Much as already been said across the political spectrum regarding the kidnapping of the Israeli youths nearly a week ago (disclaimer: as far as I am aware, I bear no relation to the youngest victim, Naftali Frenkel); as such I feel that angry declarations about the injustice of the kidnapping, or the fact that such acts may be in fact a symptom of a larger problem, would simply be repeating ad naseum what has already been said over the last week.
Instead, I’d like to focus on the worrying and entirely predictable trend of the government’s cynical exploitation of the kidnappings, culminating with the earmarking of another large sum of money devoted to the settlements, ostensibly in the name of security. Perhaps, due to sheer exhaustion, I find it difficult to feel outraged at such actions which have become commonplace over the years–the song and dance of the Israeli government’s “fitting Zionist response” in the wake of another bombing, another soldier’s death, another attack on a Jewish institution in the Diaspora. Nor, of course, do I think it fair to lay blame entirely at the feet of the government for the public mood. Whoever carried out this operation, whether they be Hamas or a splinter group whose actions have escaped their control, was well aware that the kidnapping would radicalize the public mood and destroy whatever is left of the already faltering (or faltered) peace process.
In the past, however, it was always much easier to justify a sense of outrage, even such outrage that ultimately benefited right-wing elements in Israeli society. When the 1975 General Assembly at the UN deemed Zionism a form of racism, we could find solace in the fact that the world was indeed against us for geopolitical reasons like ideology and the OPEC crisis, noting that the majority of those voting in favor of such an obscene resolution were non-democratic, serial human rights violators. The suicide bombings of the Oslo period were offset by an interim process that many genuinely believed would lead to a final status agreement. Today, however, there is no safety net, no source to turn to that might offer self-satisfaction; the current Netanyahu government, as well as the last, has done everything and anything in order to avoid, stymie or destroy any semblance of a peace process. The right has no right to decry attempts by the kidnappers to derail negotiations that they themselves derailed long ago.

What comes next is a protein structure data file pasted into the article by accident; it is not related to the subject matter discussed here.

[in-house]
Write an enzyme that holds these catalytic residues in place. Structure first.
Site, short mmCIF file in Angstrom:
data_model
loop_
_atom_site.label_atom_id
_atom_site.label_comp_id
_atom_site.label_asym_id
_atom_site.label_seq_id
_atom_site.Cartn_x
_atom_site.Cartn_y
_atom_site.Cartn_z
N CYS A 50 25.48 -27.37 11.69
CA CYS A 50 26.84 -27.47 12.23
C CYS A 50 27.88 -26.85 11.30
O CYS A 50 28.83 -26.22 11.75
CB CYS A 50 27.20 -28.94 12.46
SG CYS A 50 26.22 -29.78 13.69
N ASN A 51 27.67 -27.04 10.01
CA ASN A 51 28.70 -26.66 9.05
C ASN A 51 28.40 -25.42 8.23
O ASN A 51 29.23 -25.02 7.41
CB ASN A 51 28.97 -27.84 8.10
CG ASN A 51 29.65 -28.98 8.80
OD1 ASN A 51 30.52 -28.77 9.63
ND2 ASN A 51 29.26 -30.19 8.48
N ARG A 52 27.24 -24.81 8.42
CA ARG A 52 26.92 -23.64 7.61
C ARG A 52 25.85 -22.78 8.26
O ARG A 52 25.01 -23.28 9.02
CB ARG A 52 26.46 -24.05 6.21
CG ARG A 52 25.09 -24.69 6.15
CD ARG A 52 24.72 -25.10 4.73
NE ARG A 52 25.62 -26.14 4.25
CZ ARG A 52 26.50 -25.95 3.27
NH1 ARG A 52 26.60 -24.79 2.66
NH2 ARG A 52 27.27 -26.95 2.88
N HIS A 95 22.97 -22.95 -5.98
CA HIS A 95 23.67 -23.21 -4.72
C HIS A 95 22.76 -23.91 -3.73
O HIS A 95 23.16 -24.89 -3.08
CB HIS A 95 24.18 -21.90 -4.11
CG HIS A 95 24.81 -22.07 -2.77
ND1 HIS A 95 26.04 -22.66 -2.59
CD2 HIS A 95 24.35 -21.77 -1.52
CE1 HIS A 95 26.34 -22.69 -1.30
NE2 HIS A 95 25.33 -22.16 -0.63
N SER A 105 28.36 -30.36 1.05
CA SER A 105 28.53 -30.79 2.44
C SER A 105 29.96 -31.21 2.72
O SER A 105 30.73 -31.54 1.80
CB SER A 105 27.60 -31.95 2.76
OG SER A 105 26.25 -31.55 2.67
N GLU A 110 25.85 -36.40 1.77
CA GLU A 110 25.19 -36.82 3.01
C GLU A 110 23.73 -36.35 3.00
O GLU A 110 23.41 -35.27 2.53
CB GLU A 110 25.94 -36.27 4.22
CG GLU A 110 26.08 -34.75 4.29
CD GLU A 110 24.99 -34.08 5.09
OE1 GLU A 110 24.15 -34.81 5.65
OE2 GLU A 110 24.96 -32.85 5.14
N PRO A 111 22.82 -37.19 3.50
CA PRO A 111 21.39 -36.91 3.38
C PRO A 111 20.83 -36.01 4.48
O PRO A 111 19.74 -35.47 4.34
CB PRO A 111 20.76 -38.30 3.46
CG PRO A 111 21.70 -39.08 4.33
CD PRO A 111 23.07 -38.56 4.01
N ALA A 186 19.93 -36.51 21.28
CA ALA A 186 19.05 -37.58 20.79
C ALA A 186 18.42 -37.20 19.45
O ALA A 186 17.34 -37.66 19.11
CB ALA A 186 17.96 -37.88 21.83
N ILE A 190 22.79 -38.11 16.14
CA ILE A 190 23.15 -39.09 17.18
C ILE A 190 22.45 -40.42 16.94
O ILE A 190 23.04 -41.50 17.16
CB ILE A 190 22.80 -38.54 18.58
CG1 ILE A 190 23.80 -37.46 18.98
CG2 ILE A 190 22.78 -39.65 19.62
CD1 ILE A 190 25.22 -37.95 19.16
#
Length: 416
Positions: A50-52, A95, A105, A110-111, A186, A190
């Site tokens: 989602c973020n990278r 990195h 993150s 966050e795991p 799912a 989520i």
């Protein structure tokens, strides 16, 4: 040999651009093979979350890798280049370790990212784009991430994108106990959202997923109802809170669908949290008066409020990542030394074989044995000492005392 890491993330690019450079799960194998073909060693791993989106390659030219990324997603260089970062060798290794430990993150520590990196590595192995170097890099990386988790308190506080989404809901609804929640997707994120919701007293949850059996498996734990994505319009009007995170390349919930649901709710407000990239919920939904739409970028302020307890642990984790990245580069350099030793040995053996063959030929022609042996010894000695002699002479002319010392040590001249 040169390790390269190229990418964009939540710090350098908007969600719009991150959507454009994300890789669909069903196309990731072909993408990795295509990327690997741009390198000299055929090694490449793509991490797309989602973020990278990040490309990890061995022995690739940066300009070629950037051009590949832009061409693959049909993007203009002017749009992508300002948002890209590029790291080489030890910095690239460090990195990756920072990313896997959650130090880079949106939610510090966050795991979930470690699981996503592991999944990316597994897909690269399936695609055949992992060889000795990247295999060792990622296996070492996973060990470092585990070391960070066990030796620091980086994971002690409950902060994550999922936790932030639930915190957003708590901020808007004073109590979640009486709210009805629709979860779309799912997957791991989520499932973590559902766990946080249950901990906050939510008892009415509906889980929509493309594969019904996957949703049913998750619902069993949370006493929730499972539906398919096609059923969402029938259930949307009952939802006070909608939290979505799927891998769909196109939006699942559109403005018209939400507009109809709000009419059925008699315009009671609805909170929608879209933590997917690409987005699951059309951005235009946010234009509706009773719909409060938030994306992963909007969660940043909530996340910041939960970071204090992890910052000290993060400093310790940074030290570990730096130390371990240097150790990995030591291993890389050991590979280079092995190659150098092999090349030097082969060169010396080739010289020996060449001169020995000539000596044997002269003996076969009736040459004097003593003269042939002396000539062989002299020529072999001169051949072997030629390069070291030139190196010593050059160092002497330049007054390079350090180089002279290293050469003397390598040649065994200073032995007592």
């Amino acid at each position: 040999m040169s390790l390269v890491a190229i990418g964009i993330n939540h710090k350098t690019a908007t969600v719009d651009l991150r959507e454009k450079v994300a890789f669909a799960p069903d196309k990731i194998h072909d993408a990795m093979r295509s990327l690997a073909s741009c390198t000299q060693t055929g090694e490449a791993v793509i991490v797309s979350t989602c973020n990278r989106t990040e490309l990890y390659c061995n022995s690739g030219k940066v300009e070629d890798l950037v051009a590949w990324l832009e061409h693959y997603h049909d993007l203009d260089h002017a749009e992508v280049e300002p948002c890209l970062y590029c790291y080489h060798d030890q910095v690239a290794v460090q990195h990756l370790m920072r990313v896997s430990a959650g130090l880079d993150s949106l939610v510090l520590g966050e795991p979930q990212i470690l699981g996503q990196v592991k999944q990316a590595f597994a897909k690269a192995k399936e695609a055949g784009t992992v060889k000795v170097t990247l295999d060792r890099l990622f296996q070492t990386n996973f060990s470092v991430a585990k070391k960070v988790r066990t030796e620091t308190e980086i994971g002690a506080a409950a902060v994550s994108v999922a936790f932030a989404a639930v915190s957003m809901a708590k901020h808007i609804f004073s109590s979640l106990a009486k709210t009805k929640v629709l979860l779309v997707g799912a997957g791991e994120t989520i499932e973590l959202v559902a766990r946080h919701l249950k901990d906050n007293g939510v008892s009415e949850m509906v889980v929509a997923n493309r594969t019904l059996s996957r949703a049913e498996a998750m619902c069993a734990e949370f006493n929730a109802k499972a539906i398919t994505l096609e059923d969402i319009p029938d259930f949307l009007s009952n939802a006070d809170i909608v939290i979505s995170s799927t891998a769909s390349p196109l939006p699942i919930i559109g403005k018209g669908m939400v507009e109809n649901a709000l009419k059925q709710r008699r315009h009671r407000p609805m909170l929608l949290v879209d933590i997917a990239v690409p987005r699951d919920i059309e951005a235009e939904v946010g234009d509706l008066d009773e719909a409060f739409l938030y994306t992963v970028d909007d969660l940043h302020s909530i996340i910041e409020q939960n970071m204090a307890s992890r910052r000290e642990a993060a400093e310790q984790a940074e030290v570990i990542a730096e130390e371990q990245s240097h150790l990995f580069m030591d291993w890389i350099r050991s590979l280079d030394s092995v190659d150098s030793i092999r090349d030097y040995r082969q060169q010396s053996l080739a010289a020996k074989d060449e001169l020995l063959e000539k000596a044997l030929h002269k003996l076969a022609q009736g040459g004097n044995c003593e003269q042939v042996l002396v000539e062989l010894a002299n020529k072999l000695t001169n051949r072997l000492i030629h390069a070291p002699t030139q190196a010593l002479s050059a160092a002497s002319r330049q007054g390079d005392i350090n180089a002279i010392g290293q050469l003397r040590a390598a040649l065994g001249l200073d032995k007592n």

It is likely that, following the end of this ordeal (which, I pray, will end with the recovery and return of the victims to their homes, alive and well), we will see a barrage of statements and bills submitted by the right aiming, once again for annexation of all or part of the West Bank, along with other anti-democratic measures and ugly statements about the Palestinian Authority, et al. Mahmoud Abbas’ recent denouncements of the kidnappings (at the risk of his own, waning popularity) will, unsurprisingly, go unnoticed, just like every other moderate gesture made by the Palestinian leadership in the past few years. The far-right and its allies have an agenda, after all, and anything that helps spur forward the demise of the two-state solution must be fully exploited without fail.
The Israeli center and left, while calling for a swift recovery of the victims, must not stay silent in the wake of this expected campaign; Tzipi Livni must, as in the past, do everything in her power to prevent and discourage the passing of annexation-themed bills. Yair Lapid, who, for so long, has stayed silent regarding the diplomatic process, must follow his recent statements about defining borders with one that encourages the political center not to despair. And Zahava Gal-On, often the most outspoken critic of the government, must continue to sound the alarm against its cynical and anti-democratic tendencies.
The kidnappers’ intent was no doubt in part to inflame the passions of the Israeli public, and the right in particular, to the breaking point. It is of the utmost importance that the ‘responsible adults’ in the room remain vigilant and prevent those elements uninterested in peace from exploiting this crisis for their own twisted ends.
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